In order to master the challenges posed by the advancing digital transformation, many advertisers, media companies and agencies from the marketing and communications sector have invested in data-based technologies and infrastructure heavily in recent years. Despite this investment, however, they are often unsuccessful in getting this “horsepower” on the road and turning it into a relevant competitive advantage – this is due, among other reasons, to HiPPOs frequently operating on instinct.

The truth is that the digital transformation, that companies are facing, is not just a technical one, but also and primarily, a cultural one. For that reason, according to a Capgemini survey, problems in corporate culture are hindering the digital transformation to a far greater extent than factors like outdated IT systems or resource constraints.

At Plan.Net NEO we are intensively focused on establishing a consistently data-driven range of services, and on the data-based integration of media and content. These data, and the insights gained from them, are intended to serve both the creatives and the media experts on our team as “fuel” for the development of relevant content and its effective media activation.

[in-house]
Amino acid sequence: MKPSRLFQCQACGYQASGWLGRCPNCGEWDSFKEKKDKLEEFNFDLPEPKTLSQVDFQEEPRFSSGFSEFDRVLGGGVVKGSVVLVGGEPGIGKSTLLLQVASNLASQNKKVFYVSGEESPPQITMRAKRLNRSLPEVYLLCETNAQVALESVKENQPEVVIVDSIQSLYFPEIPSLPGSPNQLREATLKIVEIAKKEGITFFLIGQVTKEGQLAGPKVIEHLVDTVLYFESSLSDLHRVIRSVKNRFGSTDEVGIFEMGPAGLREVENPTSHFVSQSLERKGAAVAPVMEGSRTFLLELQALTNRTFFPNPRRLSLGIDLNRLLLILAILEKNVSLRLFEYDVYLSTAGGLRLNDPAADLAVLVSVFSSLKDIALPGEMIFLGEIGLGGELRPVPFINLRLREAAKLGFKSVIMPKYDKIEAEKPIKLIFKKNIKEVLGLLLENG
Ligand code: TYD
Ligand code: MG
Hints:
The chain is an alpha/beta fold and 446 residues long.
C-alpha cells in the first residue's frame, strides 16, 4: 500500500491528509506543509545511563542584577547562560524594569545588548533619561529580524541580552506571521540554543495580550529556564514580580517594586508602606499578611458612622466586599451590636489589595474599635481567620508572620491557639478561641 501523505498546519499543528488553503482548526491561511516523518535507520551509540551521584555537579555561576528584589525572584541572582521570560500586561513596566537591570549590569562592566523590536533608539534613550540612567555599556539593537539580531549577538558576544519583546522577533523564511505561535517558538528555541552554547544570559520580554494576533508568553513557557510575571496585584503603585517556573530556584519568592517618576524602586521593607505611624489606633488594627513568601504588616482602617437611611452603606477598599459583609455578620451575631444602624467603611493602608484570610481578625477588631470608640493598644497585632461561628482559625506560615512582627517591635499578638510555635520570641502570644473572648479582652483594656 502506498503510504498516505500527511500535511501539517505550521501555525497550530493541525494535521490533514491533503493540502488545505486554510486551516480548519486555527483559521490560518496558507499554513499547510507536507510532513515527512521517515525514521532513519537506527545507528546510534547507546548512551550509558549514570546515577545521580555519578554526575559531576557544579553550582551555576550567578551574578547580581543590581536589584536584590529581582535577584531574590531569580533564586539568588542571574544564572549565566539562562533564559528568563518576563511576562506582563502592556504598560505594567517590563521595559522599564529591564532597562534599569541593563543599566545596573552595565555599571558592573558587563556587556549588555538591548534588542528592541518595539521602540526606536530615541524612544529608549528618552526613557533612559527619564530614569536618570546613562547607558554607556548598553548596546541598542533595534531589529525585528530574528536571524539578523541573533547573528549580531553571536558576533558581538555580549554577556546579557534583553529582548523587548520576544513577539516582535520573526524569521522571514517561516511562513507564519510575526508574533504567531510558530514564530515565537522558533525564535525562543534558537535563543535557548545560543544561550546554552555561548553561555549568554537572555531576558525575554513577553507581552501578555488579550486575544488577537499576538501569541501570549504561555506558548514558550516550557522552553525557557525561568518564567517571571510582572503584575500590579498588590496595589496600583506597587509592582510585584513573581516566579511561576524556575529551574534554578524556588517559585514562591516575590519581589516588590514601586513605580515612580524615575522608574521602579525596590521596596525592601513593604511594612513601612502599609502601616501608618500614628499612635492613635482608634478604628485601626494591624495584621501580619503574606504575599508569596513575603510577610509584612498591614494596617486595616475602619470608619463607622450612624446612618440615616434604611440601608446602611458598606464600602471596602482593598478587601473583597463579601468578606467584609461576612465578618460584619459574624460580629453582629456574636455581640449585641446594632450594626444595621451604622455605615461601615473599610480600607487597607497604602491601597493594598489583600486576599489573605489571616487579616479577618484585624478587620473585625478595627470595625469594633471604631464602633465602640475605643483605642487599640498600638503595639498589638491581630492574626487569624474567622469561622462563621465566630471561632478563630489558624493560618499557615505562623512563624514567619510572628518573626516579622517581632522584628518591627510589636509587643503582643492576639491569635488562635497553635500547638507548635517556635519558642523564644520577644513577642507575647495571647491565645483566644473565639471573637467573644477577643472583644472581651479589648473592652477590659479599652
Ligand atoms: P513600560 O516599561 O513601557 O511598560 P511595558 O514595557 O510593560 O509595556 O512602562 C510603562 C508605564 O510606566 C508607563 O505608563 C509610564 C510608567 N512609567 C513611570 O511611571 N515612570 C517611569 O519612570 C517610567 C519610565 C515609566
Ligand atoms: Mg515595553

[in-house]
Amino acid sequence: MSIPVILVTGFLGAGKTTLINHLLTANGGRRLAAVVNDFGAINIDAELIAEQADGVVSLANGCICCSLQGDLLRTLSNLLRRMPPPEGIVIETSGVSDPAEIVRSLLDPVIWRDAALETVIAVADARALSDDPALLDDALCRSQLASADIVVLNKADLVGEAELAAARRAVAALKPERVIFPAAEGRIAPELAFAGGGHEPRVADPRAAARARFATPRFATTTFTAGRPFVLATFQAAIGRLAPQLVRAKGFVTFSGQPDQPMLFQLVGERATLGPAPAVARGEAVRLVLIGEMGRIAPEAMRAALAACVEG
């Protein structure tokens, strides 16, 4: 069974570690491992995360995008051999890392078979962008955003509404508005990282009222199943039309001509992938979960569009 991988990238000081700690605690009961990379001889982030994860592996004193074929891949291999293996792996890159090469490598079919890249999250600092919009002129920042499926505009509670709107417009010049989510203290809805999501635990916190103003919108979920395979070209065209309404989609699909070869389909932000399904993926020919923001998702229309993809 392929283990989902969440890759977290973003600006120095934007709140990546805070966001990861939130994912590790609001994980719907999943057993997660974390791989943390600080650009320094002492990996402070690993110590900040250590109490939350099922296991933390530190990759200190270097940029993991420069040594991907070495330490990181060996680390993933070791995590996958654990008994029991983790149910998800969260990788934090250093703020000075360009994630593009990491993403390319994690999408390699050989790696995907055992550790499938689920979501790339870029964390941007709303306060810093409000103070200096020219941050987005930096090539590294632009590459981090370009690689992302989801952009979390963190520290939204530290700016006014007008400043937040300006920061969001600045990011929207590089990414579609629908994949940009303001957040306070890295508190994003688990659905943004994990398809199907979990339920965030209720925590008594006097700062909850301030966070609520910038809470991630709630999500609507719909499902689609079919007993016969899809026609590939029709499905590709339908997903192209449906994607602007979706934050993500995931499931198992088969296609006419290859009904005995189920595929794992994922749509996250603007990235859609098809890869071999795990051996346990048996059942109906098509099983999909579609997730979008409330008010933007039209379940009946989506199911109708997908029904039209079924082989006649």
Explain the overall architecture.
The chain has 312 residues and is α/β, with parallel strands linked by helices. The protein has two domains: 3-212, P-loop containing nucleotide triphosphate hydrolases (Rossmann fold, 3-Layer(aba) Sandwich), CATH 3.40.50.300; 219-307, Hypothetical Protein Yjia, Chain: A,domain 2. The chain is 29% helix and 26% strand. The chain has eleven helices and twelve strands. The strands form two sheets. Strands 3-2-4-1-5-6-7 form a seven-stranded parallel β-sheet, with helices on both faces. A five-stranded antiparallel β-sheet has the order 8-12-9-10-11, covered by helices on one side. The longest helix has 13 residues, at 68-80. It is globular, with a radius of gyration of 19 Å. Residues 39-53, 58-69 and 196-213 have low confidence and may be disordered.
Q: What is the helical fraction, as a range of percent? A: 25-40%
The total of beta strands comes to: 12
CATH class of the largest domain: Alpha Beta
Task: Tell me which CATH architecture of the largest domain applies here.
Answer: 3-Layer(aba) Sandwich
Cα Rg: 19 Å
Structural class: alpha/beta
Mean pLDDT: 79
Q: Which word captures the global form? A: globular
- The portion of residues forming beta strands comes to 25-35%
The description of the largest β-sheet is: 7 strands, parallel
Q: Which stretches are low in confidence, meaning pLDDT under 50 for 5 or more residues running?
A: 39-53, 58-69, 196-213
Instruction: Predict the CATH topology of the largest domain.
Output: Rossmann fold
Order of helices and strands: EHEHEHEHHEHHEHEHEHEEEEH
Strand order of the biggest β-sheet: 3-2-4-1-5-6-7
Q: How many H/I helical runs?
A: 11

This far-reaching process of transformation has taught us a great deal – not least about the critical importance of corporate cultural aspects on the journey to becoming a data-focused agency. The key lessons that we’ve learned can be distilled into five practical tips that are valid not just for agencies, but for all organisations.

  1. Develop and promote data skills

A data culture that is lived in practice begins with “empowerment” and the democratisation of data. It pays to equip your team with a range of technology to enable them to analyse data and make data-based decisions for themselves.

This is because the problem often faced by companies isn’t a lack of data, but a lack in the process of getting from data to decisions. When a company’s datasets are concentrated in the hands of a small number of experts, the potential that they represent for the company’s commercial success remains largely unexploited. In order for the company to extract the greatest possible benefit from them instead, every employee needs to be able to access the data and integrate them into their own decisions on a daily basis.

This doesn’t mean that every employee needs to become a data scientist (or that this should be possible). It does however mean that everybody should either already possess at least basic analytical skills, or be able to acquire them through qualifications, in order to be able to assess data-based issues and use data in decision-making.